This is Alta, my American grandmother.

I remember sitting in Alta’s kitchen in Mountain Top, Pennsylvania, watching as my grandmother sizzled thick-cut bacon, cracked farm eggs and slicing then toasting the white bread we had made together the evening before. The smell of drip coffee. The sun coming through the trees.

I was a child. My senses were all alive. The smells. Aromas. My grandma.

She loved food. Good food. Not food of the rich. Food of the family. She and the milkman were best friends. The milk he brought then was not pasteurized. Heavy cream on top. I always wanted to shake it!

My grandmother Alta is one of many strong women who have blessed my life. But she was the one who put my hands in dough. In flour. Let me measure the sugar and of course lick the spatula after we made her chocolate cake and frosting. (See Recipes!)

She instilled in me the beauty of not just food but homemade food. She taught my mother, who is Korean, the art of meat and potato cooking. Something my dad was very fond of.

As I grew older, I learned about my Korean heritage through food. My mother had become an amazing American cook. We always ate dinner together as a family. My mom would cook pork roast, meatloaf and of course pan-fried chicken. But she also added Korean touches to every meal. She made her own kimchi and scallion pancakes—which I loved!

After college, I continued to work in restaurants and to learn about food. I even staged for 3 years at a restaurant called Anton’s on Perry and West 4th Street in Manhattan. Anton Linder was a jazz musician who was also a chef, and on Friday nights I would put down my order pad and instead work with him in the kitchen.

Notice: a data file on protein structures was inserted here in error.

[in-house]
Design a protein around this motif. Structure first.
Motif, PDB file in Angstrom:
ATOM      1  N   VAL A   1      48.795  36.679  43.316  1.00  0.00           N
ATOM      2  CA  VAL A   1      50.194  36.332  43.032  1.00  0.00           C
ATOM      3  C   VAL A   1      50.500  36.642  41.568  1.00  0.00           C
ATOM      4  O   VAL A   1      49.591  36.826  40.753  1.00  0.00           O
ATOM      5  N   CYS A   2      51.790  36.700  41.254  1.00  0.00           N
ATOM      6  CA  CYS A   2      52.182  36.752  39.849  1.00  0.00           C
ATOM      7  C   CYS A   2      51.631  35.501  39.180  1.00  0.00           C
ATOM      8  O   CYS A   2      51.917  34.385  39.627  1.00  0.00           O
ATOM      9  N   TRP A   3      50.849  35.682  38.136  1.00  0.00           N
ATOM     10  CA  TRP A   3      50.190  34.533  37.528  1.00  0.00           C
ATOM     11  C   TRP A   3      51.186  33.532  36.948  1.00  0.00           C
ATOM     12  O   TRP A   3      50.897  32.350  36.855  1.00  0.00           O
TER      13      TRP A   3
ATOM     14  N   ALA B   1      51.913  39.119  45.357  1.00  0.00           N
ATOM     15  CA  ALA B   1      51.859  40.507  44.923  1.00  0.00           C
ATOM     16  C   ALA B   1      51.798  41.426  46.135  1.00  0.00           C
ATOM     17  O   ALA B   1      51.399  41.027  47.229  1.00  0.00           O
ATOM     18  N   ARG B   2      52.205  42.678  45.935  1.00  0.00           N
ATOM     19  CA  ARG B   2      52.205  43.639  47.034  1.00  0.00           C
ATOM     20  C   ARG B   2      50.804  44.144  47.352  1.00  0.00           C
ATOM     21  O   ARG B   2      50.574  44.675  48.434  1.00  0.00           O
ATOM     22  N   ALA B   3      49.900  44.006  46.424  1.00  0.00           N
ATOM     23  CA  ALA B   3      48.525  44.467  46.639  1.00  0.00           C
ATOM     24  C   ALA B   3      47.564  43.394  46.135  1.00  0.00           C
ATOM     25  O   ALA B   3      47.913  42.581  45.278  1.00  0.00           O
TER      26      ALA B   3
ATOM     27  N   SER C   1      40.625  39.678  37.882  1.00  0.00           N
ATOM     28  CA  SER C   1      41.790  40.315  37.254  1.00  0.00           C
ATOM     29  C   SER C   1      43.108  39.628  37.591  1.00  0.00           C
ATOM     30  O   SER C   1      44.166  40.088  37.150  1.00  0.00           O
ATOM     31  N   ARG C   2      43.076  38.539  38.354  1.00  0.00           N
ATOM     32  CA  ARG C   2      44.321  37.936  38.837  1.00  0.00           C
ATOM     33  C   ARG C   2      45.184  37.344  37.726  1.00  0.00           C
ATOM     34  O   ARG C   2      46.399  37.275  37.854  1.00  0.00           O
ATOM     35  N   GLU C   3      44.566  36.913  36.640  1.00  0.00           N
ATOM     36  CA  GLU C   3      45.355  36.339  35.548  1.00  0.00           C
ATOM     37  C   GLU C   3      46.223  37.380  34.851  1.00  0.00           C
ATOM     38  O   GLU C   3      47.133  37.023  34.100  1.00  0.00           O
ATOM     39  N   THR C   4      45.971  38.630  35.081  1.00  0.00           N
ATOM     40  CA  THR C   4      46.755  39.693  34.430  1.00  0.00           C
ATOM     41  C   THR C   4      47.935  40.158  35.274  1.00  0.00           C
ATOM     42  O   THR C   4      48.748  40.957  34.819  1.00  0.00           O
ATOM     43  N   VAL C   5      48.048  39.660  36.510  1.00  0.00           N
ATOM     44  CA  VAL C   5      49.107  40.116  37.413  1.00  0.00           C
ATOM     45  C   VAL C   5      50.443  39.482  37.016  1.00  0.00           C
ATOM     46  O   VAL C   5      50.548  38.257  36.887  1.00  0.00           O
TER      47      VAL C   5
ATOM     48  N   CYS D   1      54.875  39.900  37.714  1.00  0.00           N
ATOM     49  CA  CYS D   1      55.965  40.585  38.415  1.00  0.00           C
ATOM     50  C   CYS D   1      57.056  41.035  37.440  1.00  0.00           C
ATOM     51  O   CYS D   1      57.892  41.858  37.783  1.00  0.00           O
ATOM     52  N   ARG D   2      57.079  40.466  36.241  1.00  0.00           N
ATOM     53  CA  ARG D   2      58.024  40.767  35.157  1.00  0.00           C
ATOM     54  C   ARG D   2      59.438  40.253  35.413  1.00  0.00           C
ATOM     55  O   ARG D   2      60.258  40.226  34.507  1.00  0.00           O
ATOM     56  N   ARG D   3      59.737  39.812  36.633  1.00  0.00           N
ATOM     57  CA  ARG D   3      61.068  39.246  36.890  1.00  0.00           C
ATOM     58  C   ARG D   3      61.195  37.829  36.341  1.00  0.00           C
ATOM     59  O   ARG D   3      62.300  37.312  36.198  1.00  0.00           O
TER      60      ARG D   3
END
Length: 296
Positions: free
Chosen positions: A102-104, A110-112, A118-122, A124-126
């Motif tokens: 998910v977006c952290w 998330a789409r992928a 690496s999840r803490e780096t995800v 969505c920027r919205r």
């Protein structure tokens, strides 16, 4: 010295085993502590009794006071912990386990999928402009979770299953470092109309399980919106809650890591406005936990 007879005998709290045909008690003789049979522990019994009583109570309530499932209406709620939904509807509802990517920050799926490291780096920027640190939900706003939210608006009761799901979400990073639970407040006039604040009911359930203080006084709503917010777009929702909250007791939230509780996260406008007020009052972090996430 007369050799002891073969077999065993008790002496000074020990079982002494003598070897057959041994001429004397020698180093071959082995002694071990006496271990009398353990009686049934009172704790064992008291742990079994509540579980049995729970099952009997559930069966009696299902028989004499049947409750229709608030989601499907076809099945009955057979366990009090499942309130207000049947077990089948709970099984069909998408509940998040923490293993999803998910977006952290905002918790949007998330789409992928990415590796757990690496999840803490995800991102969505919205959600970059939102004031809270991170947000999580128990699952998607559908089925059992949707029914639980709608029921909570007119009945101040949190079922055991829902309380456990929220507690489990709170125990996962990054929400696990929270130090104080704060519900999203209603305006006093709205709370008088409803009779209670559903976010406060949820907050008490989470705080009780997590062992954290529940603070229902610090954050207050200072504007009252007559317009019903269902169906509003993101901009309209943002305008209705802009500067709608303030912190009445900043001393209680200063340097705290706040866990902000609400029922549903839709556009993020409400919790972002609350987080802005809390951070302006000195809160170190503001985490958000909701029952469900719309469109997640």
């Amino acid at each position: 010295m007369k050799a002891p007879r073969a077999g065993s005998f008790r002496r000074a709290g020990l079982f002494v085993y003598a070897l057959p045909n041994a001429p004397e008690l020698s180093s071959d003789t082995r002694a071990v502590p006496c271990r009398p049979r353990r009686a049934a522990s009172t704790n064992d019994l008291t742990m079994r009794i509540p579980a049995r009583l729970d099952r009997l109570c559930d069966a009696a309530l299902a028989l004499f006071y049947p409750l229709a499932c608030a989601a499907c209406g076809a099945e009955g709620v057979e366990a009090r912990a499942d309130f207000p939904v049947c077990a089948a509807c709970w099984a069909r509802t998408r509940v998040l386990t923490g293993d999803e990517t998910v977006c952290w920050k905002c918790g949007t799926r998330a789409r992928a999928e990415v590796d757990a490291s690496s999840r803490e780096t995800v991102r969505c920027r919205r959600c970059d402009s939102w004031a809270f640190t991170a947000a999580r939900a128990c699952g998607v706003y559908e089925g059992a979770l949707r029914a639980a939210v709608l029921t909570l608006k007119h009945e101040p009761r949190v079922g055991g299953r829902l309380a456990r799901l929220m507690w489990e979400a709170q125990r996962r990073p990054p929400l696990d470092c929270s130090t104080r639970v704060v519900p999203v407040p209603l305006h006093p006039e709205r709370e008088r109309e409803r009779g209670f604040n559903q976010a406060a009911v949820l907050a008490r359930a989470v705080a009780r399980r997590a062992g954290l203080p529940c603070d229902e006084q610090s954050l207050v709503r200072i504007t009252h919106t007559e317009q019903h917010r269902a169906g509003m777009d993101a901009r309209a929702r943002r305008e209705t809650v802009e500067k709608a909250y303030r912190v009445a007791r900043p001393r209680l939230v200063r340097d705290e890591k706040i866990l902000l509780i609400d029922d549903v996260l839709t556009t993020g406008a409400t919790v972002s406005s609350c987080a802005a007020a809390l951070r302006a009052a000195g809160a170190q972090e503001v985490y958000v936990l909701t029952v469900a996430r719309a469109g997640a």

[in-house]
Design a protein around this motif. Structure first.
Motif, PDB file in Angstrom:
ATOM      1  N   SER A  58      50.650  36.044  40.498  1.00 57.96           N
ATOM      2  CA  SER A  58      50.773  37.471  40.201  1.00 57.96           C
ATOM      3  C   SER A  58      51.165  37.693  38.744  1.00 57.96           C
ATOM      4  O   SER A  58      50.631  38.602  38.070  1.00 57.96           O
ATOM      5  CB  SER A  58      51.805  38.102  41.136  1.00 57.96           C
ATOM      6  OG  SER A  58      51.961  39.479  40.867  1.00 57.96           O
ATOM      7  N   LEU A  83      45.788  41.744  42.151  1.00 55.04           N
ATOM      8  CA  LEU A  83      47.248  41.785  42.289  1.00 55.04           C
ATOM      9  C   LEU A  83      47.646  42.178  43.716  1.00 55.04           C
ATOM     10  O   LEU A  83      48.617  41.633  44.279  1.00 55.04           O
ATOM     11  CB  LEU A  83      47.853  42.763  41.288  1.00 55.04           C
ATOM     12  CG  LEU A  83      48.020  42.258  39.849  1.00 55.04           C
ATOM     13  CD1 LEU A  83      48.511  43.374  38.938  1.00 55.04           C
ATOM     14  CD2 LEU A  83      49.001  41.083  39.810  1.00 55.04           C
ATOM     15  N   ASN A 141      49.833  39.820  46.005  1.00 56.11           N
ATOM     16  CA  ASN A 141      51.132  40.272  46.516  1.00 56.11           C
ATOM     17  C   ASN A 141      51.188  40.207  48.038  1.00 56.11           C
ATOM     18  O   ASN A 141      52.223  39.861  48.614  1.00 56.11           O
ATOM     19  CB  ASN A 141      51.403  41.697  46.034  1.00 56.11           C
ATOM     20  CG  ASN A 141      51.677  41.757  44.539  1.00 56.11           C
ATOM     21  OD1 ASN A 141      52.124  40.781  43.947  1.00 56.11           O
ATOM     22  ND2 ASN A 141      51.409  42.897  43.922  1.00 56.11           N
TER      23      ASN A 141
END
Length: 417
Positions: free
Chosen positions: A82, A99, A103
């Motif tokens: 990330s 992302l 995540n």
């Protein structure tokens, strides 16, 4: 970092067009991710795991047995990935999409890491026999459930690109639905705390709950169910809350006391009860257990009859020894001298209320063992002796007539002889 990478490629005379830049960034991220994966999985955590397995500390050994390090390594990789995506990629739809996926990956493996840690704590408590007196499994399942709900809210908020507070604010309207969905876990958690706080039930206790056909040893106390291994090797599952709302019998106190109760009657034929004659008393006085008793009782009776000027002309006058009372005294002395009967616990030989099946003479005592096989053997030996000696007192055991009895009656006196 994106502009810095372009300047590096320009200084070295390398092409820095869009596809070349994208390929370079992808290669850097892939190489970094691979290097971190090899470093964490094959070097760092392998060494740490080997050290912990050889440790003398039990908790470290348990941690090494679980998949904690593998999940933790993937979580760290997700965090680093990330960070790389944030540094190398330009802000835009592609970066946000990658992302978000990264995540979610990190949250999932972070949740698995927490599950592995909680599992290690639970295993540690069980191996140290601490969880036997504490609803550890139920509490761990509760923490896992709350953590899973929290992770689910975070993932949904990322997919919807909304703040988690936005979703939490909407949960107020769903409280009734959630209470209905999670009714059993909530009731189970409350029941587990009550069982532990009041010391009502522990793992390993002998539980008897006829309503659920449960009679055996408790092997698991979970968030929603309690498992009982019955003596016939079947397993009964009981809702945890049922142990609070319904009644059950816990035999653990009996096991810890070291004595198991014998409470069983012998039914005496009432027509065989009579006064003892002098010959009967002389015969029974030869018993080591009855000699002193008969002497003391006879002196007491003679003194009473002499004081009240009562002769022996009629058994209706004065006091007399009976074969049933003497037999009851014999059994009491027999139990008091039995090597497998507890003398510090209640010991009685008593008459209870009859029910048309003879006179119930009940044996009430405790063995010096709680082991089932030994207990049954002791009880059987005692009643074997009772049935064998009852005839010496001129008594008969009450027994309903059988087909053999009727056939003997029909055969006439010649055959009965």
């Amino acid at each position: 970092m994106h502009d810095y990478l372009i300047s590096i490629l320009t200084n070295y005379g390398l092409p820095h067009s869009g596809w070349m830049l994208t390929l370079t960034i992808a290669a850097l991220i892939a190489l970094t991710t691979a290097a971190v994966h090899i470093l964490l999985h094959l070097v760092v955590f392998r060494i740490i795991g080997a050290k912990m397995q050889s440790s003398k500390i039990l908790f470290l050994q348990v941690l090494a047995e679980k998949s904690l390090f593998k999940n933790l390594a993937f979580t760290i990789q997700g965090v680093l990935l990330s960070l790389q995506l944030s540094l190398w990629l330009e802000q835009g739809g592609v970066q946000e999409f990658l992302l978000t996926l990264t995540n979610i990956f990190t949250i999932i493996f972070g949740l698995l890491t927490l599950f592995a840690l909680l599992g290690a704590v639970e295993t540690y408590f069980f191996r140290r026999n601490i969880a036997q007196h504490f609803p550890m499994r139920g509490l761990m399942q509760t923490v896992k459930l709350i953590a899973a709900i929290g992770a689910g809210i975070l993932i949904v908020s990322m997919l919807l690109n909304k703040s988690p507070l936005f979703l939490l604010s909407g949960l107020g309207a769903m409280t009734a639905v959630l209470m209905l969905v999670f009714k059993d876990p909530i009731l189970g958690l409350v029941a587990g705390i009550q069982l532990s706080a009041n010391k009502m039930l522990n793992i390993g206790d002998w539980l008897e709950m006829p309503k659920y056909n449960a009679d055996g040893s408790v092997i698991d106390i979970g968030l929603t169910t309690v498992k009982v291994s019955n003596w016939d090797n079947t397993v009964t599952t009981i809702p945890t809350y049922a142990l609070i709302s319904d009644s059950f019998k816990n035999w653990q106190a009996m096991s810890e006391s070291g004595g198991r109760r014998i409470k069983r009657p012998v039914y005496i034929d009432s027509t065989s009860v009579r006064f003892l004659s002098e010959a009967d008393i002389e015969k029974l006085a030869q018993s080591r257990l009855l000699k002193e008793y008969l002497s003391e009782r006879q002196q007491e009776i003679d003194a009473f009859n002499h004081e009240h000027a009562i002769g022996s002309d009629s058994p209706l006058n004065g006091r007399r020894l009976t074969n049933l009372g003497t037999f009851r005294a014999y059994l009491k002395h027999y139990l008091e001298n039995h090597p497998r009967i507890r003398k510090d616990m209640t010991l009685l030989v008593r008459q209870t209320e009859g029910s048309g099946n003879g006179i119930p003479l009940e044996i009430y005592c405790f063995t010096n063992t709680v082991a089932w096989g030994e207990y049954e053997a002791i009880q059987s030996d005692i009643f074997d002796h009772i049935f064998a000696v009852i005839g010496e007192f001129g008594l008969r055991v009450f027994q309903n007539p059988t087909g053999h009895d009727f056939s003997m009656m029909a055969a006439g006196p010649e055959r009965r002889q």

He taught me as my grandmother did as a child, although he was a bit tougher. But his lessons in butchering meats, picking choice vegetables and using small farms are all things that live with me each day.

Alta’s Kitchen represents the beauty of my life’s work in food and hospitality. While I never formally trained to be a chef, I worked tirelessly for several great companies in New York City, running the front of house of many restaurants. Learning the intricacies of the financials. Learning the importance of training and teaching. And most of all, the importance of being authentic—both in the food served and in the hospitality given to each guest.

From my table to your table: Cheers.

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